Saudi minister denies holding a meeting between Muhammad bin Salman and Netanyahu
The Saudi foreign minister Thursday denied media reports of a possible meeting between Crown Prince Mohammed bin Salman and Israeli Prime Minister Benjamin Netanyahu, amid speculation regarding the normalization of relations between the two countries.
"There are no plans to hold a meeting between Saudi Arabia and Israel," Prince Faisal bin Farhan told the Saudi-owned Al-Arabiya website in English, in response to one of the Israeli newspaper Haaretz.
"Saudi Arabia's policy is very clear since the beginning of this conflict. There are no relations between Saudi Arabia and Israel, and the kingdom stands with full force behind Palestine," he added.
The two countries are increasingly focusing on containing Iran as Iran is a major threat, but Saudi Arabia stresses that establishing any relations with Israel depends on Israel's withdrawal from the Arab lands it annexed in the 1967 war, which are the Palestinians Palestinians seek to establish their future state.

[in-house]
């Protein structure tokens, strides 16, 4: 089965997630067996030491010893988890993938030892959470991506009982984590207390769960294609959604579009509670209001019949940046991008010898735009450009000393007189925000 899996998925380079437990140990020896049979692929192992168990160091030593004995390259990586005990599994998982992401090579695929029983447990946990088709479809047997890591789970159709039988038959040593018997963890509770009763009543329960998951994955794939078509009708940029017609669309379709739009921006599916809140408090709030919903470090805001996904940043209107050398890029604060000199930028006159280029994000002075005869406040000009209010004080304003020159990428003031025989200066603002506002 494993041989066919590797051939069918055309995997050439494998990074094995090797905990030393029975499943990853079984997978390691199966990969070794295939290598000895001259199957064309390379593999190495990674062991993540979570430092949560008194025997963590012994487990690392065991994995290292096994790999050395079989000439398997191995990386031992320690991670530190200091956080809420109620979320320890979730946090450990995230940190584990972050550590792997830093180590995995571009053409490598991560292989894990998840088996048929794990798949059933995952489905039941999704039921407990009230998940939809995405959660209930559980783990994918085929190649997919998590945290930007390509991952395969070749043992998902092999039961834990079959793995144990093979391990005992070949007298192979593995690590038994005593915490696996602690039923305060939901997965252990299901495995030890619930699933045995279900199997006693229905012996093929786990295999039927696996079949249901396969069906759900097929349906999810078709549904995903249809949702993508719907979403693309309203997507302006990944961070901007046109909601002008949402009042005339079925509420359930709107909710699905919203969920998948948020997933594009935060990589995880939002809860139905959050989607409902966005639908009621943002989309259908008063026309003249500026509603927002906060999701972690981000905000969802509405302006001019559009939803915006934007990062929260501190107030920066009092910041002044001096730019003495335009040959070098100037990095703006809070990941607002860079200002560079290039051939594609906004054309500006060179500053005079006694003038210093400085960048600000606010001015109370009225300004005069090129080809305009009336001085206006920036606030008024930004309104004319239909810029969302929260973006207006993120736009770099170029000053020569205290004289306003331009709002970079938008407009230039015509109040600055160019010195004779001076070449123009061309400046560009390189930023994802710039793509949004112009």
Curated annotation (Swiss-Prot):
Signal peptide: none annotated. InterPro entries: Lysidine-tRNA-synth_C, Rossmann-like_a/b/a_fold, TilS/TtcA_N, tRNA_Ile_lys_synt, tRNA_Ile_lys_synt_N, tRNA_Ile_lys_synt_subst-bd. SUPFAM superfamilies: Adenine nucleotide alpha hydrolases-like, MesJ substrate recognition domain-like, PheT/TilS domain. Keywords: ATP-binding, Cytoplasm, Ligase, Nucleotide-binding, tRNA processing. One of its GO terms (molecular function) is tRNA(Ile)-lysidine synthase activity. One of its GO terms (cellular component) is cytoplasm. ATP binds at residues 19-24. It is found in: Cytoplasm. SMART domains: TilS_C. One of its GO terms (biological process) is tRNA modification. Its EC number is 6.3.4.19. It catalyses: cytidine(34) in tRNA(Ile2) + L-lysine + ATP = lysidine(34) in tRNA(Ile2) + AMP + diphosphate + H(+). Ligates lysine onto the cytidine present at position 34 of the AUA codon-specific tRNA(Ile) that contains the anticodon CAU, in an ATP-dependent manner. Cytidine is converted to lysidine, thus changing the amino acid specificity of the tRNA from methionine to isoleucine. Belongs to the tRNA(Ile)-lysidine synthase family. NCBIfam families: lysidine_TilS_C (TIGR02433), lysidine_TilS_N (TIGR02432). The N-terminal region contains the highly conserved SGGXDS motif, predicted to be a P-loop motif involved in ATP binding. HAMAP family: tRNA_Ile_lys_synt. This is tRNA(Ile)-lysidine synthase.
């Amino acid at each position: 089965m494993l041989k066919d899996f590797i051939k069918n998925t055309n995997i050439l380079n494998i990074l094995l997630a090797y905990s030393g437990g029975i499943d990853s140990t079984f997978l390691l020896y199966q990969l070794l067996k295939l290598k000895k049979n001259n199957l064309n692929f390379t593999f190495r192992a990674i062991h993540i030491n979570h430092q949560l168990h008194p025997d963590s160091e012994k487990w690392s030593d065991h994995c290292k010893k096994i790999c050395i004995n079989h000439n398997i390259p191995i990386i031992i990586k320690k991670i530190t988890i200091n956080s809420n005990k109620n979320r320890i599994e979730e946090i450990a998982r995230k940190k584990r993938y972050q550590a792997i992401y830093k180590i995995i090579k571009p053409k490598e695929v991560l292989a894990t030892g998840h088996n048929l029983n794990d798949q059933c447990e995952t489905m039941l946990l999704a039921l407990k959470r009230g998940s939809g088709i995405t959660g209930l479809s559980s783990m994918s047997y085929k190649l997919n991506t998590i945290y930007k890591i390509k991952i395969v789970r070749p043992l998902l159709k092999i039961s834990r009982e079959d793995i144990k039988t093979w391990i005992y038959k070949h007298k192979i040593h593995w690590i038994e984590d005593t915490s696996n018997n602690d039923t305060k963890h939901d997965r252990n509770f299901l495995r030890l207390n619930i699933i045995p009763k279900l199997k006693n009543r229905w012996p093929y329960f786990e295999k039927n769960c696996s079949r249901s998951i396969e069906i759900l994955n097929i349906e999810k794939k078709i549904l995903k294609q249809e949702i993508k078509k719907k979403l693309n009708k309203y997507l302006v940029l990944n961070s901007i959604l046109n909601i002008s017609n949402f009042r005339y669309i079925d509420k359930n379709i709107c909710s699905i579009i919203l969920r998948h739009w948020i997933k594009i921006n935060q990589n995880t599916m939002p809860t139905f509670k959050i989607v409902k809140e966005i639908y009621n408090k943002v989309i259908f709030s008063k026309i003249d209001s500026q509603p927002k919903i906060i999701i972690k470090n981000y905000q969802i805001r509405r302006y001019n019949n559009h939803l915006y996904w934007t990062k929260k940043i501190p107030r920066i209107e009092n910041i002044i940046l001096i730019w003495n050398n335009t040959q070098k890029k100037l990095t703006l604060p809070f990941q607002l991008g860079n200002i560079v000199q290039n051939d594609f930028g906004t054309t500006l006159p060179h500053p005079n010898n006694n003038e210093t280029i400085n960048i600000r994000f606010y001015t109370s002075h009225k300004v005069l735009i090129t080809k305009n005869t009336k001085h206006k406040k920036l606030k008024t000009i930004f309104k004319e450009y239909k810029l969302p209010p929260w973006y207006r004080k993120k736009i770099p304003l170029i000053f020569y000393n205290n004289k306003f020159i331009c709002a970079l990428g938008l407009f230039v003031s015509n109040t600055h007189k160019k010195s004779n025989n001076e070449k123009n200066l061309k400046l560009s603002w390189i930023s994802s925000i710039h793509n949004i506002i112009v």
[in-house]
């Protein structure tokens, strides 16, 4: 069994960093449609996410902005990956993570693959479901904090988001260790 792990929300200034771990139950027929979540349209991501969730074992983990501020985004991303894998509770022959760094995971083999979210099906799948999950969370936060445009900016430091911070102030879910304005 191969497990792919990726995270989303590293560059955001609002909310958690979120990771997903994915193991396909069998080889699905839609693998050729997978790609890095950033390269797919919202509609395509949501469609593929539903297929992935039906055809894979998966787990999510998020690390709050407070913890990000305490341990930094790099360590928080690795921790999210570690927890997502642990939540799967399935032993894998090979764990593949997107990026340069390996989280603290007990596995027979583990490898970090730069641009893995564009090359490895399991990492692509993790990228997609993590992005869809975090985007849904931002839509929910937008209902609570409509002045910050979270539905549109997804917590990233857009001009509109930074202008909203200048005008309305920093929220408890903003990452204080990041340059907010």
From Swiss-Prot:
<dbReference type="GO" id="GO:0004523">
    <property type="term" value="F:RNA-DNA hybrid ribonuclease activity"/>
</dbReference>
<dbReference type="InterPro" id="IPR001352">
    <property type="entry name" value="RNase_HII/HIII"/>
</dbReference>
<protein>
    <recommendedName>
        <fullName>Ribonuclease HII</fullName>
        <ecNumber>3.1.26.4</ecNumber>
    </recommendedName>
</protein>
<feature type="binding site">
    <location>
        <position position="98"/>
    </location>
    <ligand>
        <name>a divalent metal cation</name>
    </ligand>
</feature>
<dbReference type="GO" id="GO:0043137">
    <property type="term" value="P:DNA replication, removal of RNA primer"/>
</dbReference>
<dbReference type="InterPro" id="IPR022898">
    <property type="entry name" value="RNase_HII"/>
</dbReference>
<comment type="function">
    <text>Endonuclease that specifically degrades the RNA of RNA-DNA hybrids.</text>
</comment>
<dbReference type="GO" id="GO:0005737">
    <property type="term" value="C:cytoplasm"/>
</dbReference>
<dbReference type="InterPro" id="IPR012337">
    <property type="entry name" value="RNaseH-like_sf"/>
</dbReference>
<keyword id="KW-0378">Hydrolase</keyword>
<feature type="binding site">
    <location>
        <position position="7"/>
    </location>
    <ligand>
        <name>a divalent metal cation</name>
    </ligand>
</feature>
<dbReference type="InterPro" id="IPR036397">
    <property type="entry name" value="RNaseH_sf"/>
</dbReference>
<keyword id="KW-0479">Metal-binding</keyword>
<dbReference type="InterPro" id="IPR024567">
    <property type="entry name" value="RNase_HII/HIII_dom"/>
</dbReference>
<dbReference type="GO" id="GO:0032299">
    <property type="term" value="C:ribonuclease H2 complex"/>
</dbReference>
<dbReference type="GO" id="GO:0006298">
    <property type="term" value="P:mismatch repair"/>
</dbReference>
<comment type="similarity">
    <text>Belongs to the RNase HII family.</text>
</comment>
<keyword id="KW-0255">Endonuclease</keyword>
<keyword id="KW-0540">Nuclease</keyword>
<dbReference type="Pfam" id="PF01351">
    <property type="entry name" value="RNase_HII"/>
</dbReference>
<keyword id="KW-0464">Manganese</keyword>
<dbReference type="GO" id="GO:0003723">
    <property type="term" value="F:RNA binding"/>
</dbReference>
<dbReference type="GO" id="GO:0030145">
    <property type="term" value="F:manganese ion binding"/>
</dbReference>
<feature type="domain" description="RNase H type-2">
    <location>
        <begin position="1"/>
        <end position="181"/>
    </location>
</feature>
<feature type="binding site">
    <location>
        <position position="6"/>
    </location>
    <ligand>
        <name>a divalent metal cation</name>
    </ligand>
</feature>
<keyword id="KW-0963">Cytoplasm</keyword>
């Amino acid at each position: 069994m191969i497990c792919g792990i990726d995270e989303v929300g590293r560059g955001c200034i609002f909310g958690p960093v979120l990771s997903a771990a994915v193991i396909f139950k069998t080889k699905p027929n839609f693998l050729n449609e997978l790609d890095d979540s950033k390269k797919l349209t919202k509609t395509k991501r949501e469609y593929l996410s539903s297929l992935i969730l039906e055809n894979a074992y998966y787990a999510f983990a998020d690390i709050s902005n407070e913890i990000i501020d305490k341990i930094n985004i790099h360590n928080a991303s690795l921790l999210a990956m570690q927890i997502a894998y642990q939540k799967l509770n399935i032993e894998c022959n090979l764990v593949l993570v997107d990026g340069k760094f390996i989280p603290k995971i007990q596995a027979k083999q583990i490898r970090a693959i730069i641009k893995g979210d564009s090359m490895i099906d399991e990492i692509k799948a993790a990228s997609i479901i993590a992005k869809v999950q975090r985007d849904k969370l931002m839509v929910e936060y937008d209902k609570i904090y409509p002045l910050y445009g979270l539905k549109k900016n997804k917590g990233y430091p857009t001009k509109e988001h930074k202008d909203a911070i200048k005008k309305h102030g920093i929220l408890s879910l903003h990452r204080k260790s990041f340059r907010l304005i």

Netanyahu appeared last month at the White House when US President Donald Trump presented a peace plan proposing the establishment of a Palestinian state, but differently from the initiative announced by Saudi Arabia in 2002.
The Palestinian leadership has rejected Trump's plan, saying it is largely aligned with Israel while depriving the Palestinians of a viable, independent state.
But Gulf Arab states welcomed the American efforts in a move seen as prioritizing close relations with Washington, to confront Iran, over the traditional and steadfast support of the Palestinians.